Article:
< Bollywood Sirens

Transcript

Friday, May 04, 2007

BOB GARFIELD:
The kiss that caused a collective cringe, demonstrations and arrest warrants. We're talking, of course, about the awkward embrace that Richard Gere inflicted on Bollywood actress Shilpa Shetty a few weeks ago during an HIV/AIDS awareness event in India.
[CLIP]
[CROWD SOUNDS/CHEERS/APPLAUSE]
MAN:
Shilpa was thanking Gere for his efforts when he first kissed her hand. Then he bent her sideways for a barrage on her face and neck.
[CROWD SOUNDS/CHEERS/LAUGHTER]
MAN:
Gere then executed an elaborate bow before her.
[CROWD SOUNDS/CHEERS/LAUGHTER]
MAN:
But the audience is applauding no longer.
[END CLIP]
BOB GARFIELD:
It seems strange that the incident would cause such an uproar, given that the actress involved is often scantily clad and dances provocatively in movies viewed by millions of people. In the weeks since that kiss, effigies of Gere and Shetty have been burned in the streets around India, and most recently warrants were issued for the arrest of the two actors.

Tejaswini Ganti is a professor of anthropology at New York University and author of Bollywood: A Guidebook to Popular Hindi Cinema, and she joins us now. Teja, welcome to On the Media.
TEJASWINI GANTI:
Thank you. Great to be here.
BOB GARFIELD:
This incident has so many swirling ironies and apparent hypocrisies attached to it. I'm just curious how the whole Bollywood aesthetic plays in this environment.
TEJASWINI GANTI:
What happens, I think, is that the visual aspects of Bollywood films, and especially the women, the heroines, as they're known in local parlance, ooze a lot of sex appeal. The types of clothing that they wear is all indexing their glamour, status. Many of them are former models and beauty queens. And so definitely the look of contemporary Bollywood films can appear very erotic, can appear very risqué.

But the inherent values of the film are still quite in keeping with a lot of conservative values about the family, about chastity, and, of course, women's virginity is extremely important.
BOB GARFIELD:
Now, Shilpa Shetty has one image on screen, but the person for whom there is an arrest warrant issued is a live human being -
TEJASWINI GANTI:
Yeah.
BOB GARFIELD:
- an actress. You know, historically, maybe not in the 20th century but certainly the 19th, actresses have often been viewed as, you know, just one step above prostitutes. In India today, how is someone like Shetty regarded off-screen?
TEJASWINI GANTI:
Shilpa and other contemporary actresses, they wouldn't be seen as women of bad character. But, having said that, the fact that they are on display publicly when they're in the films, and in terms of the billboards, and you know, you see these images, these women, circulating in magazines and on television, they have a kind of publicness to them that other women in India don't.

And so even though, I mean, they are not being called prostitutes, but there is this kind of shadow of that slight disrepute that is associated with how public an actress has to be.
BOB GARFIELD:
Bollywood is very influential in India. Just tell me, how much influence does it have on the culture?
TEJASWINI GANTI:
It is tremendously significant, because it is the dominant form of popular culture. It sets the tone for fashions. It sets the tone for hairstyles. People frequently model weddings after the kinds of weddings that they've seen in films. It is the main form of popular music, because all of the films have songs.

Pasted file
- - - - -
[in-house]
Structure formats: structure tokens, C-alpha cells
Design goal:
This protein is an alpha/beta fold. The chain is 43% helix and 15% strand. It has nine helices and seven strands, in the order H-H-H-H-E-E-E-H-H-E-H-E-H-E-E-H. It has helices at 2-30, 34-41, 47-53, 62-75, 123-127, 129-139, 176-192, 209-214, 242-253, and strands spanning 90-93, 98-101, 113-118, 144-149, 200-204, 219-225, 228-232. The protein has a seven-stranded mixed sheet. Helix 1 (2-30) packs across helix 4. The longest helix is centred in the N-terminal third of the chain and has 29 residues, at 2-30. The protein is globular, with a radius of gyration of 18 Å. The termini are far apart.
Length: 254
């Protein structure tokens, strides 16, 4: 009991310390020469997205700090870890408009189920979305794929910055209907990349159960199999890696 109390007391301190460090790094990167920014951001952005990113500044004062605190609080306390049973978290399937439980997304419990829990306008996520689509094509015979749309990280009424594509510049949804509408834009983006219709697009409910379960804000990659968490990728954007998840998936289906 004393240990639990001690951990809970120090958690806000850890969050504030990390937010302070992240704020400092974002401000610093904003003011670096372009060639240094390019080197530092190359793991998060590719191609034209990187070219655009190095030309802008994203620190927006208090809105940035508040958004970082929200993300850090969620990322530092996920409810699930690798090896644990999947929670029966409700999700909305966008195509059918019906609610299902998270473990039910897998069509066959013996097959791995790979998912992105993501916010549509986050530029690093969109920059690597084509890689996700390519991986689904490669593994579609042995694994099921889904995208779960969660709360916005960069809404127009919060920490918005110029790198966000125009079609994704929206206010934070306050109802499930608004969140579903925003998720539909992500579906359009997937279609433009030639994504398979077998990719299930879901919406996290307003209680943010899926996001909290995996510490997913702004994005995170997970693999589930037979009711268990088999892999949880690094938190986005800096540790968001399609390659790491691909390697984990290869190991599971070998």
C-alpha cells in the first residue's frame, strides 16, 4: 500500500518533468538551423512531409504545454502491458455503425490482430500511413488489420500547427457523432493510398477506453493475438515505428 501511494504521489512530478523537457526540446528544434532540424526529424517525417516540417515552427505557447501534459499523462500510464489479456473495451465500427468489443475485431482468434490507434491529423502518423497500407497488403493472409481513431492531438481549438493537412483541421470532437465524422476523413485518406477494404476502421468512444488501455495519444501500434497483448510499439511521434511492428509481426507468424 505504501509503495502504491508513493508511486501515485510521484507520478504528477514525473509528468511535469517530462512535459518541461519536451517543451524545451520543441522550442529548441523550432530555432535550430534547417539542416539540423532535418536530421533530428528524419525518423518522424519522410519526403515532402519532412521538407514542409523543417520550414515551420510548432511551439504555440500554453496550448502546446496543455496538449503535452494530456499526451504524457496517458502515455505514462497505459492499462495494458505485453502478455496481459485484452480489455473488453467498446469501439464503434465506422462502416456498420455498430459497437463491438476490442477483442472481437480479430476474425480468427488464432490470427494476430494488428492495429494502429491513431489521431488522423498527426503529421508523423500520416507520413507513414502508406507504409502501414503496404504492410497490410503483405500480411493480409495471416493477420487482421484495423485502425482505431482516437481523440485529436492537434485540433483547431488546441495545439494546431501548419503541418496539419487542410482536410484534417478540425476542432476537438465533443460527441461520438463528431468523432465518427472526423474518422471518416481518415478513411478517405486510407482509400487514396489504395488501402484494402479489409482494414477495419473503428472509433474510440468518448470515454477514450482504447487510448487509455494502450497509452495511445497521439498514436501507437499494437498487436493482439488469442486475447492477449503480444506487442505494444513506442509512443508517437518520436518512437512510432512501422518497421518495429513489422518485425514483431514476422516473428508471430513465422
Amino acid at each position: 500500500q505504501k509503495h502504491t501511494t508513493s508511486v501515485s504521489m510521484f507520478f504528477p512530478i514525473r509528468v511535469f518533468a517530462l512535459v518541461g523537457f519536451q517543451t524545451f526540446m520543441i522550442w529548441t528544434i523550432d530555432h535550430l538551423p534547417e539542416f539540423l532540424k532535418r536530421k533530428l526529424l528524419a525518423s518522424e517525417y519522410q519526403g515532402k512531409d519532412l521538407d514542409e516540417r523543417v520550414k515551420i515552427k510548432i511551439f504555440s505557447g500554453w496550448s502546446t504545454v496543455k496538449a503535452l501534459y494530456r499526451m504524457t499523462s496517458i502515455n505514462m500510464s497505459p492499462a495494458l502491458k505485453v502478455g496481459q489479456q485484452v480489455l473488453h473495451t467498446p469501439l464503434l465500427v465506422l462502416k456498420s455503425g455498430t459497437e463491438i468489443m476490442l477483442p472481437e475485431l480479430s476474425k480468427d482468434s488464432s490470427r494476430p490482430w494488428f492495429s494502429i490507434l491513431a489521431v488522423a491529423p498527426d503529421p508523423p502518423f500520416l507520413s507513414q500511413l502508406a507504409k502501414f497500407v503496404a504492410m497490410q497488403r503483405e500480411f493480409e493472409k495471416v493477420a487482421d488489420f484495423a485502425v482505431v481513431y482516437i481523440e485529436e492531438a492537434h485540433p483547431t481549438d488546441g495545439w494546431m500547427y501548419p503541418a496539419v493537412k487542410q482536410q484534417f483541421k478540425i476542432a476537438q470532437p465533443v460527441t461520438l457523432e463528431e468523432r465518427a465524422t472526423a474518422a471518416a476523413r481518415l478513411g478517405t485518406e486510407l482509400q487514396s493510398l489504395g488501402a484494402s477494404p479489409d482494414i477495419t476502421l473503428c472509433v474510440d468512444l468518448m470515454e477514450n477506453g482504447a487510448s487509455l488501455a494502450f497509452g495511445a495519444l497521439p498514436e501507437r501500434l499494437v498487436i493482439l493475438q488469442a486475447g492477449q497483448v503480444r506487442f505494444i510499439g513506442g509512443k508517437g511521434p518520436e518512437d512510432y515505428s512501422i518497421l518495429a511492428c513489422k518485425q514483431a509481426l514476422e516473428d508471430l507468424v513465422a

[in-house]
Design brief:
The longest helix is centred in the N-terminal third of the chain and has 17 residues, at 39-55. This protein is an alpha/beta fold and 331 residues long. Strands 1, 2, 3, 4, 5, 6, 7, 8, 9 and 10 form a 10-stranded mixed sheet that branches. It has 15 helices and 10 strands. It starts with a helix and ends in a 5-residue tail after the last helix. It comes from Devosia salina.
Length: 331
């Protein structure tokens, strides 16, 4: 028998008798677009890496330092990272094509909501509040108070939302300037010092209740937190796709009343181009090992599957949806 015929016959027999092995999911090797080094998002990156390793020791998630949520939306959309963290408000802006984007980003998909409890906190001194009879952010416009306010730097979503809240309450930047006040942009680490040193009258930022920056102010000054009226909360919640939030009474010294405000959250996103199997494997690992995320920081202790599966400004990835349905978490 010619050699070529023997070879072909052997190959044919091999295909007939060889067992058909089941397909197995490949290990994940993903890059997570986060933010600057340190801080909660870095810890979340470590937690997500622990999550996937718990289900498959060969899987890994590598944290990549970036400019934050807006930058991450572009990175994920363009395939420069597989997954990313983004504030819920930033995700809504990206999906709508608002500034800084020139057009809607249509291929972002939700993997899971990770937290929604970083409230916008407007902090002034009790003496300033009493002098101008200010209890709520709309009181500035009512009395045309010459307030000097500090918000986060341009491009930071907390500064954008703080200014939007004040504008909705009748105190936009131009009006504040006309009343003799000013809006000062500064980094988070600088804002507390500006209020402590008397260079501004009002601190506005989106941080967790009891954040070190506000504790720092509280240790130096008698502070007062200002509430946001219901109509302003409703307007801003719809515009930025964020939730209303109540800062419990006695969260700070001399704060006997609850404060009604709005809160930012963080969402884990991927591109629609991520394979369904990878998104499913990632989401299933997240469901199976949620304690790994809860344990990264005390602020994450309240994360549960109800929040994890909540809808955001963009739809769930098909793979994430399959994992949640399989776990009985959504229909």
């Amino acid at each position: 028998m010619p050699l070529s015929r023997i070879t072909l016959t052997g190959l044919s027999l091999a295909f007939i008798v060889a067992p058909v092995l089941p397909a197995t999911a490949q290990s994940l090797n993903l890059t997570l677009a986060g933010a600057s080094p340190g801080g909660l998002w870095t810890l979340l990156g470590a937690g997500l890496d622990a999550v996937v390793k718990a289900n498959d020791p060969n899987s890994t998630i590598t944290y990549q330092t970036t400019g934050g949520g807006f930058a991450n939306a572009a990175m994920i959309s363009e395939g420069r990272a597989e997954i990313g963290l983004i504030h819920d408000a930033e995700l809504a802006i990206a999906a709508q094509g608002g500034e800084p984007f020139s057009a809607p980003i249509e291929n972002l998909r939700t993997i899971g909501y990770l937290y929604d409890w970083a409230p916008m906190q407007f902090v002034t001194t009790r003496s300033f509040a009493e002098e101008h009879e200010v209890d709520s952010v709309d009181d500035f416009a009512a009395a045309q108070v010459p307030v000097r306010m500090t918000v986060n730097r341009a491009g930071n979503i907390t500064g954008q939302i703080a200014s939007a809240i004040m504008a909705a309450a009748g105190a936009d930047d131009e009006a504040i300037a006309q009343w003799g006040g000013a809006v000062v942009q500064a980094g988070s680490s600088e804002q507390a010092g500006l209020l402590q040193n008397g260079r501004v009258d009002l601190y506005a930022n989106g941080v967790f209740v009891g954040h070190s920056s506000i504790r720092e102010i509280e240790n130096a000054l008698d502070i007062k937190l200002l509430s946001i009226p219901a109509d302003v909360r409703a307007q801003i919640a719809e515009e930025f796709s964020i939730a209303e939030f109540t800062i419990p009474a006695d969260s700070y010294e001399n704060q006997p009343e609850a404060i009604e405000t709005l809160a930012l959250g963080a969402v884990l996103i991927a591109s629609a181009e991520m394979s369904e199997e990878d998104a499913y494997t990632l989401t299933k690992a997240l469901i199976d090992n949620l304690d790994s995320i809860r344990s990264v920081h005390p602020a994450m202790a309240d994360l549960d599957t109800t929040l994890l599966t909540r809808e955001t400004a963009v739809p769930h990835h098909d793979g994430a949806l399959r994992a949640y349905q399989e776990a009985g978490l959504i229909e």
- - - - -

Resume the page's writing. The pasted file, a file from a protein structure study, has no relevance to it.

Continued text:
The stars are iconic. They are the main spokespeople for all of the various consumer products that have really exploded in India. So it is a very, very dominant form of popular culture, and its impact on daily life is tremendous.
BOB GARFIELD:
So in terms of women's place in Indian society and their freedom, do you think Bollywood films are part of the problem? Do you think that they could be part of a solution?
TEJASWINI GANTI:
I think actually the films work both ways. Well, you know, the dominant moral values about chastity and controlled sexuality, that is problematic in terms of limiting women's choices and perspectives. But at the same time, there's the flip side of these films, which is that all of the women involved in the production of the films are some of the most independent and autonomous and liberated women in India, and they serve as some type of role model for young women in terms of seeing women as career women in one respect.
BOB GARFIELD:
So getting back to the kiss and the media circus that, you know, has developed around it, in the end, is this potentially going to do some good to just calling attention to the various dichotomies that you've been discussing?
TEJASWINI GANTI:
I think it can do a few things. One has, of course, been a lot of coverage in the Indian press about how absurd all of these protests have been and that the real message of that event, which was to try to raise awareness about HIV and AIDS in India, which is a huge problem, that that has been sidelined. But that discussion about how often can we allow certain moral policing to get out of hand, I think that's an important discussion.

I think there's also been a discussion about the media, where it's just you're continuously seeing the same thing over and over again and that everything seems to – every little molehill is made into a mountain. I think that's an important discussion to be had because of the kind of explosion of media.

But also, in the end, to me, it's just yet another instance of some set of people somewhere who get upset about something, and it's been happening for many years. It's just that now they have an international platform to express their grievances because of the explosion of the media.
BOB GARFIELD:
All right, Teja. Thank you very much.
TEJASWINI GANTI:
You're very welcome. Thank you again for having me on.
BOB GARFIELD:
Tejaswini Ganti is a professor of anthropology at New York University.